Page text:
Immune Checkpoint Inhibitors in the Treatment of Cancer

(E-pub Ahead of Print)

Author(s): Wissam Zam*, Lina Ali

Journal Name: Current Reviews in Clinical and Experimental Pharmacology
(Formerly Current Clinical Pharmacology)

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Background: Immunotherapy drugs, known as immune checkpoint inhibitors (ICIs), work by blocking checkpoint proteins from binding with their partner proteins. The two main pathways that are specifically targeted in clinical practice are cytotoxic T-lymphocyte antigen-4 (CTLA- 4) and programmed cell death protein 1 (PD-1) that showed potent immune-modulatory effects through their function as negative regulators of T cell activation.

Methods: In view of the rapid and extensive development of this research field, we conducted a comprehensive review of the literature and updated on the use of CTLA-4, PD-1, and PD-L1 targeted therapy in the treatment of several types of cancer, including melanoma, non-small-cell lung carcinoma, breast cancer, hepatocellular carcinoma, Hodgkin lymphoma, cervical cancer, and head and neck squamous cell carcinoma.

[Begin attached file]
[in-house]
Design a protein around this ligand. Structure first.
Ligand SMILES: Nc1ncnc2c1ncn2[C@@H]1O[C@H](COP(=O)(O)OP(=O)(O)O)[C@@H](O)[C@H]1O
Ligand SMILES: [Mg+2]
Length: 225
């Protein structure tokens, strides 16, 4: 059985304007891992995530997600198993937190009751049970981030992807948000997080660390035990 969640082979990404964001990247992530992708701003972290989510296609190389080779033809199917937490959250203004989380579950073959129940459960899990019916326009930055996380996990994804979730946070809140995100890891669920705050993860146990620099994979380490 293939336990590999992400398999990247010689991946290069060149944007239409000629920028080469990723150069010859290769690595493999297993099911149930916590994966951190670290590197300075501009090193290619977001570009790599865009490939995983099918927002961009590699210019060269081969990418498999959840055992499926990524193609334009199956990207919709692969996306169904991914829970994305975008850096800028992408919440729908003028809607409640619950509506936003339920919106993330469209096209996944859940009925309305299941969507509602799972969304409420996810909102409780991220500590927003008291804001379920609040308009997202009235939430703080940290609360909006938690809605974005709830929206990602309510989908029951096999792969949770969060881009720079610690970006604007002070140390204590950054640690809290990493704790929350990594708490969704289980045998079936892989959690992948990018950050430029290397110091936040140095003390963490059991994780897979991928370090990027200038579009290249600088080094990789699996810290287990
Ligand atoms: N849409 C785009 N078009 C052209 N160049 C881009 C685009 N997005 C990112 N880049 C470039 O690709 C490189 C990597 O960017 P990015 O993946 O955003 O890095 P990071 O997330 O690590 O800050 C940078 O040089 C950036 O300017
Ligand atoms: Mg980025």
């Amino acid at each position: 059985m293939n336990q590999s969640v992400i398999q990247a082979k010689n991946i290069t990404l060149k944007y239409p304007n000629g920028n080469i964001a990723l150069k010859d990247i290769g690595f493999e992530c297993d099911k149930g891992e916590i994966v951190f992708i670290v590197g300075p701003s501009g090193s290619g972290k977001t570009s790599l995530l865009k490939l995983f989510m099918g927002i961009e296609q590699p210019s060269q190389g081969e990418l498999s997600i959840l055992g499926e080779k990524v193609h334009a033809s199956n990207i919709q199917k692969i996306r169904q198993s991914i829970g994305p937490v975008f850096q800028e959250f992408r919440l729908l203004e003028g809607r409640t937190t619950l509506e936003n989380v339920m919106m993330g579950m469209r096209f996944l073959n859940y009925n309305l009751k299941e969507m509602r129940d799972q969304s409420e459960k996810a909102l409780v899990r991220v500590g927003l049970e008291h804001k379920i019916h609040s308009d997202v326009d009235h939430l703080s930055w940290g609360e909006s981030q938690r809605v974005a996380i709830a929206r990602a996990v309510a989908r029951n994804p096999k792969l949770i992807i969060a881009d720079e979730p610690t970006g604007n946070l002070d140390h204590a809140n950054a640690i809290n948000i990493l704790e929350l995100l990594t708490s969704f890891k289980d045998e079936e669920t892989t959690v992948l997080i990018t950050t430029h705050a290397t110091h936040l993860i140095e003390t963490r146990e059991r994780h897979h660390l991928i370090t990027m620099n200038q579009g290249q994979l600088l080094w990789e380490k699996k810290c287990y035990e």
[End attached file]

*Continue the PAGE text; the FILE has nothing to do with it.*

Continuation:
Results: Based on the last updated list released on March 2019, seven ICIs are approved by the FDA, including ipilimumab, pembrolizumab, nivolumab, atezolizumab, avelumab, durvalumab, and cemiplimab.

Conclusion: This review highlighted the most common adverse effects caused by ICIs which affect people in different ways.

Keywords: Immune checkpoint inhibitors, cancer, side effects, CTLA-4, PD-1/PDL-1.

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Article Details

Published on: 24 March, 2021
(E-pub Ahead of Print)
DOI: 10.2174/1574884716666210325095022
Price: $95

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